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Median and Paired Fin Controllers for Biomimetic Marine Vehicles

[+] Author and Article Information
Naomi Kato

Department of Naval Architecture and Ocean Engineering, Graduate School of Engineering,  Osaka University, 2-1, Yamadaoka, Suita 565-0871, Japankato@naoe.eng.Osaka-u.ac.jp

Appl. Mech. Rev 58(4), 238-252 (Jul 01, 2005) (15 pages) doi:10.1115/1.1946027 History:

This paper reviews the studies on the kinematics, hydrodynamics, and performance of median and paired fin (MPF) in fish and biomimetic mechanical systems from the viewpoint of enhancing the propulsive and maneuvering performance of marine vehicles at low speeds. Precise maneuverability and stability at low swimming speeds by use of MPF propulsion seem to be advantageous in complex habitats such as coral reefs. MPF propulsion in fish consists of undulatory fin motion and oscillatory fin motion. The kinematics of MPF in fish and mechanical systems in both groups is discussed. Hydrodynamic models and experimental data of undulatory and oscillatory motions of MPF in fish and mechanical system are reviewed. Pectoral fin propulsion has two categories which represent biomechanical extremes in the use of appendages for propulsion: drag-based and lift-based mechanisms of thrust production. The hydrodynamic characteristics of the two mechanisms are compared. The performance of fish and vehicles with MPF is reviewed from the viewpoint of maneuverability. Especially, performance of a recently developed fish-like body with a pair of undulatory side fins, a model ship with a pair of ray-wing-type propulsors, and an underwater vehicle with two pairs of mechanical pectoral fins are discussed.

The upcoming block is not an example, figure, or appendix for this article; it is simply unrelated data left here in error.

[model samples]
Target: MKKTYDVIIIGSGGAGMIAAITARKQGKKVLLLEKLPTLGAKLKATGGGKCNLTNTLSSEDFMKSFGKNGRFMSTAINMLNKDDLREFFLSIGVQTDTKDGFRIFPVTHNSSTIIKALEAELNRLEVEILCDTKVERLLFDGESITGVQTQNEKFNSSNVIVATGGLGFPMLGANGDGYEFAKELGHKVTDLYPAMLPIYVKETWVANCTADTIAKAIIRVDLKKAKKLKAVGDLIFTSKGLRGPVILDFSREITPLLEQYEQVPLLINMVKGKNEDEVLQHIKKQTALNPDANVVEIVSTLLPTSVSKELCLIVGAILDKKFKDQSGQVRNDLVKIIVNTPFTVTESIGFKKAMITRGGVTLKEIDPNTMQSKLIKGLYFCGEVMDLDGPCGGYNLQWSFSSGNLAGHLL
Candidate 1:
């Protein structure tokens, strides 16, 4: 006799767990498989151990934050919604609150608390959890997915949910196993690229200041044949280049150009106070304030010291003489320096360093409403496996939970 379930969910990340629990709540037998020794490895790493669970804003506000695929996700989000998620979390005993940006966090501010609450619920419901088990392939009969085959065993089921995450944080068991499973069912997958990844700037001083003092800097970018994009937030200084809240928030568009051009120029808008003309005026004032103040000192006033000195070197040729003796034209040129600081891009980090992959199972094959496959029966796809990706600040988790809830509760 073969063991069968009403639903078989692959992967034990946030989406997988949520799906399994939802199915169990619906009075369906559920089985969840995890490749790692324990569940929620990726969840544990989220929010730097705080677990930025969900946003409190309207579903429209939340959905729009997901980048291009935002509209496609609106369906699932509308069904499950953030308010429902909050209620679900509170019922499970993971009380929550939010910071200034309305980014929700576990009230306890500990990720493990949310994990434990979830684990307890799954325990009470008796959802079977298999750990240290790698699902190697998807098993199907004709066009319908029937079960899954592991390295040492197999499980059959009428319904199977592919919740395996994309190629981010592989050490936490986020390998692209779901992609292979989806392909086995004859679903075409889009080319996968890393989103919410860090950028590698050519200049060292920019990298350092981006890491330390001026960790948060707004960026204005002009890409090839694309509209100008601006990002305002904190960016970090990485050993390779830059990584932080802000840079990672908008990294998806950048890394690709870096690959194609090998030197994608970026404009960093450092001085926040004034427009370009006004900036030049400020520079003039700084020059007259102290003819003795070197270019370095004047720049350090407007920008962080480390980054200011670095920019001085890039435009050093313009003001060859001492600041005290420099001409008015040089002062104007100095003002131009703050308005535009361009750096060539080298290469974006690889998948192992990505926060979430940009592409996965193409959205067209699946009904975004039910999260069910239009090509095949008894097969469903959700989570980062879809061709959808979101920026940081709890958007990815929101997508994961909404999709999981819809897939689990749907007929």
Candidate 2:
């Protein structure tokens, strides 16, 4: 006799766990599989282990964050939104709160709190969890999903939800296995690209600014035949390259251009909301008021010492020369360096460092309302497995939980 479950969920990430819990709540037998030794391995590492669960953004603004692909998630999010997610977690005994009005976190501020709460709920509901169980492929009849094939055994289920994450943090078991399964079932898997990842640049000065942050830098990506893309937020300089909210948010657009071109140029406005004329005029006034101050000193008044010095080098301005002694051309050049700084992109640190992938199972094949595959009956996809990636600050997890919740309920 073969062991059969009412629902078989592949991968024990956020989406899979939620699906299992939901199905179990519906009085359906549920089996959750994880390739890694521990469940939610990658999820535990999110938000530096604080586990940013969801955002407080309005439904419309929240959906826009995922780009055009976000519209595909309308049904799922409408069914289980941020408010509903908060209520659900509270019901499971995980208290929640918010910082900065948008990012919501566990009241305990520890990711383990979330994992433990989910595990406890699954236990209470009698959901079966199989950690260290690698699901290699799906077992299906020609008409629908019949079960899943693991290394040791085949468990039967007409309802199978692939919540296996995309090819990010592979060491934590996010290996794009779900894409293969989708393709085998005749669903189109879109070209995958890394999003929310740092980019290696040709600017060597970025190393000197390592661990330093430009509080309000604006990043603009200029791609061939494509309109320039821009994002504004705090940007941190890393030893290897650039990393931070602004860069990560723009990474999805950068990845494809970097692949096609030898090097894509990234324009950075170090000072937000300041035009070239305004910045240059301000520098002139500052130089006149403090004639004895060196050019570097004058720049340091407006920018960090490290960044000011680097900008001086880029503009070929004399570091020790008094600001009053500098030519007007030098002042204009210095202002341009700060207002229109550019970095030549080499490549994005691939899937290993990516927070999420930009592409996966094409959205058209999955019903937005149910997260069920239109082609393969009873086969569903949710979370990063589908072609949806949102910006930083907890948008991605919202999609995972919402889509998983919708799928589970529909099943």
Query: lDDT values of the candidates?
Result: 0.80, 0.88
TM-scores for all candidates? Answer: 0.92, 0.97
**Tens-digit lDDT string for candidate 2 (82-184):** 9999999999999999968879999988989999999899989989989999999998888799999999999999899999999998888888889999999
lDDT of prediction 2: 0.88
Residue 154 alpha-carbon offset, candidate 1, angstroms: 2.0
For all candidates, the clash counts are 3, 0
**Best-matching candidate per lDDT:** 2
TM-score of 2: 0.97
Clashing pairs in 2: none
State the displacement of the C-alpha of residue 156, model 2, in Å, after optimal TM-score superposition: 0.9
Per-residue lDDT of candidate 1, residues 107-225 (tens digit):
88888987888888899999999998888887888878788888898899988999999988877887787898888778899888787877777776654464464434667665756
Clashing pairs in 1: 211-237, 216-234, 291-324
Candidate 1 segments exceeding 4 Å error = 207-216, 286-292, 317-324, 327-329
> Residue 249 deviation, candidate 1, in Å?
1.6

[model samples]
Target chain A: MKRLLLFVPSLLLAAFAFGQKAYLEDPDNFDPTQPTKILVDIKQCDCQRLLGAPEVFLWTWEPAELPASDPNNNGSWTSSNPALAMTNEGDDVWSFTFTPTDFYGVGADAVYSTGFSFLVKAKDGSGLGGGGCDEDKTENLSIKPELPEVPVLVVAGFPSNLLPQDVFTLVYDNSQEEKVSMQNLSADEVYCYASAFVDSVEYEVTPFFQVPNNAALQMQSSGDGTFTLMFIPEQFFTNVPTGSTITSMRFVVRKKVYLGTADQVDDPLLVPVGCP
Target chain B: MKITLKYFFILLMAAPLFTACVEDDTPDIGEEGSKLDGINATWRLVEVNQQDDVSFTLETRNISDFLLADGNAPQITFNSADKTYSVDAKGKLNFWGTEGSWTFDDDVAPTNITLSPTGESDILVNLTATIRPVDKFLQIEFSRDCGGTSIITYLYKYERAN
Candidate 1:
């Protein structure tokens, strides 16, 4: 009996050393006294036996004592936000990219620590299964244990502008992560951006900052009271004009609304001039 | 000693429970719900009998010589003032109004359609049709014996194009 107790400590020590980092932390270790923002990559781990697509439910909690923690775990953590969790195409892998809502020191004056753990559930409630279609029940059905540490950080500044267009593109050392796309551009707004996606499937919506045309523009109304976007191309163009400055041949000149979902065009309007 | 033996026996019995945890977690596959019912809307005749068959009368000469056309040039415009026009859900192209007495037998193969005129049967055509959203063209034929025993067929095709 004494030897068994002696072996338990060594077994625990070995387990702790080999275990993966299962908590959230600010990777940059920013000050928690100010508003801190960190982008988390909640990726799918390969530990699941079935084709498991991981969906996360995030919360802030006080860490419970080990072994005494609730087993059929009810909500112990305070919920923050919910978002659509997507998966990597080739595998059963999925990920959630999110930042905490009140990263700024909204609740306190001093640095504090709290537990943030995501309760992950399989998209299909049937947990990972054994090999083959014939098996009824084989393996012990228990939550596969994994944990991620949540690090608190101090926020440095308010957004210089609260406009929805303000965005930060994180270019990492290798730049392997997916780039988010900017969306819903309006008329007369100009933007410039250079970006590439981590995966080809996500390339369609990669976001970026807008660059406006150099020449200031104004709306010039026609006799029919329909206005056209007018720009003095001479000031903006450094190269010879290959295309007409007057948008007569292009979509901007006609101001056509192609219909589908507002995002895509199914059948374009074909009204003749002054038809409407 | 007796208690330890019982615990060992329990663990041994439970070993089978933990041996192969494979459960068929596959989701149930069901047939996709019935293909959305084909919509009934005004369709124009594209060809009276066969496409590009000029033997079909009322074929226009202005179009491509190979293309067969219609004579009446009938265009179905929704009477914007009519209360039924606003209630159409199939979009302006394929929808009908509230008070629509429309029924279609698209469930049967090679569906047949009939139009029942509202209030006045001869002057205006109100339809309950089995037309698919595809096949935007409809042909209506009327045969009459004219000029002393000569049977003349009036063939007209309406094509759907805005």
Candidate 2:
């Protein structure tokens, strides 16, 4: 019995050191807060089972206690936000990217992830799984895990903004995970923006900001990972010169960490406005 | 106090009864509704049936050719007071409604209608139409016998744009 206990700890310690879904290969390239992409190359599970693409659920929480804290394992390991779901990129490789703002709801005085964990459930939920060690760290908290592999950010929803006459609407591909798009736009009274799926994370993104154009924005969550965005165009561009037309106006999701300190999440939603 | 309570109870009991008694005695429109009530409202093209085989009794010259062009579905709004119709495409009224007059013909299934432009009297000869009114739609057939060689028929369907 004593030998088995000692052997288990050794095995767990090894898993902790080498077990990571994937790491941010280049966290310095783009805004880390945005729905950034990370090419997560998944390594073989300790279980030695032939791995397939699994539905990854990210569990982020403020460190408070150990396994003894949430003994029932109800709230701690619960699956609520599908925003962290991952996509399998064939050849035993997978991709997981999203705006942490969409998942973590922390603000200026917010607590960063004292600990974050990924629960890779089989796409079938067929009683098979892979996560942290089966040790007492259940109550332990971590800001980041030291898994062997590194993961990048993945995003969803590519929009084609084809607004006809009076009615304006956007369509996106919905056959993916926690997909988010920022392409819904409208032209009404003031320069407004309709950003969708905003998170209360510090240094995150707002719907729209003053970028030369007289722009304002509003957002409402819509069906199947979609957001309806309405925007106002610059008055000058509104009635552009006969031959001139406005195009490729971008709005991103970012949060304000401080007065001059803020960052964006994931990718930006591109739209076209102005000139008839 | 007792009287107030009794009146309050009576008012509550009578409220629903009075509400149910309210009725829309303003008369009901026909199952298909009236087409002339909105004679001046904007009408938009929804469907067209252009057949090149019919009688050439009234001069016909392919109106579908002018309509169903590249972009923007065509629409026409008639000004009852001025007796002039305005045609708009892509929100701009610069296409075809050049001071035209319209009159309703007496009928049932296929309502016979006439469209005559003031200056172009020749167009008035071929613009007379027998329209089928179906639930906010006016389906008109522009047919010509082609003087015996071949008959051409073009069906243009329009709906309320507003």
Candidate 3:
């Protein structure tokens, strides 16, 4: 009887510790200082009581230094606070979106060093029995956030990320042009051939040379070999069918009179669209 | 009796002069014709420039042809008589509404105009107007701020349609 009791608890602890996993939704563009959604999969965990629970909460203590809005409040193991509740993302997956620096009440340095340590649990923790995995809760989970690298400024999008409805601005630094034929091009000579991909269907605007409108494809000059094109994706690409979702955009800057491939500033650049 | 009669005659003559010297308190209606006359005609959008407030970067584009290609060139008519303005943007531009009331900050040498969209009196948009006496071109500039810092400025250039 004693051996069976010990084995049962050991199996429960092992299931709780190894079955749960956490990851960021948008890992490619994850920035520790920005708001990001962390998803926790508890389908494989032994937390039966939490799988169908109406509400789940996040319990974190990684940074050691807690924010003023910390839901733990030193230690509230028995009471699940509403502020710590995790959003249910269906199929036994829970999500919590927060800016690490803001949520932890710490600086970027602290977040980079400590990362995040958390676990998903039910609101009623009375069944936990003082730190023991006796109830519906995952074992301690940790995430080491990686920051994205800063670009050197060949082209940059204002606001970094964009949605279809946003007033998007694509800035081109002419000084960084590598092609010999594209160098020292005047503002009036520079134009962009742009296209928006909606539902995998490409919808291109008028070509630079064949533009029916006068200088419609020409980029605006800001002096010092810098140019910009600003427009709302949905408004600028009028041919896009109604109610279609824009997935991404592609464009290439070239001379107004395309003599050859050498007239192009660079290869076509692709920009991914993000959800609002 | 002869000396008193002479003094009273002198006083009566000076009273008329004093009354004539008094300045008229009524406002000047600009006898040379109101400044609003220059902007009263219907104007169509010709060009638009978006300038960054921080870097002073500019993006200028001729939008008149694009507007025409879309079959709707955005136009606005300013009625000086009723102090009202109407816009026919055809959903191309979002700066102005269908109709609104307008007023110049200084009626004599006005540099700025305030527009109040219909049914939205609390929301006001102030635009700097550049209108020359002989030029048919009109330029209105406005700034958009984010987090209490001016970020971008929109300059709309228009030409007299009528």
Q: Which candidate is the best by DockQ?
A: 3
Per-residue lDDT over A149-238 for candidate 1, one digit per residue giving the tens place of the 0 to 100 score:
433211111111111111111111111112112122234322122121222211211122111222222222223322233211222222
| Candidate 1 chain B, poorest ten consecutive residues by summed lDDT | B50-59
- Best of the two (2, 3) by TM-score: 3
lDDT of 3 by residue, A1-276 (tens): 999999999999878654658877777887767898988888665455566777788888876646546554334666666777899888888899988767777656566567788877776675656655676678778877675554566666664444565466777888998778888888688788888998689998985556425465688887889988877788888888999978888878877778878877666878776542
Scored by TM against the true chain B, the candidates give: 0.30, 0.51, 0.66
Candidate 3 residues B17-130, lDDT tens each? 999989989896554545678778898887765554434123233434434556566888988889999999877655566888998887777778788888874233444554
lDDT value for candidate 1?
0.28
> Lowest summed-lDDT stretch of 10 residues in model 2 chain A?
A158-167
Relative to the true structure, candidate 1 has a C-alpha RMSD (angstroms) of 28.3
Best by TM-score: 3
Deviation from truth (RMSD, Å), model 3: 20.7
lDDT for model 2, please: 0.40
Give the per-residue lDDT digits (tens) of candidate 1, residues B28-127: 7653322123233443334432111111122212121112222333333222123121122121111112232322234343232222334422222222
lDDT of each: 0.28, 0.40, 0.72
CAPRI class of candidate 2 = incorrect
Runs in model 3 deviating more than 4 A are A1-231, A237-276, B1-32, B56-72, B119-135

Copyright © 2005 by American Society of Mechanical Engineers
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References

Figures

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Figure 11

Two-motor driven mechanical pectoral fin (Kato (32))

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Figure 12

Three-motor driven mechanical pectoral fin Birdfin (Kato (33))

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Figure 13

Oscillating fin around an axis (Kemp (35))

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Figure 14

Underwater vehicle “PilotFish” (Kemp (35))

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Figure 15

Oscillating fin with flapping motion and feathering motion (Licht (37))

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Figure 16

Numerical simulation around a body with a pair of undulating side fins (Toda (30))

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Figure 17

Schematic diagram of fin position during the power and recovery stroke phase of fin-beat cycle of a rowing fish (Blake (9))

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Figure 19

Comparison of time histories of the hydrodynamic force coefficients in X,Y,Z direction during one period (Kato (60))

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Figure 20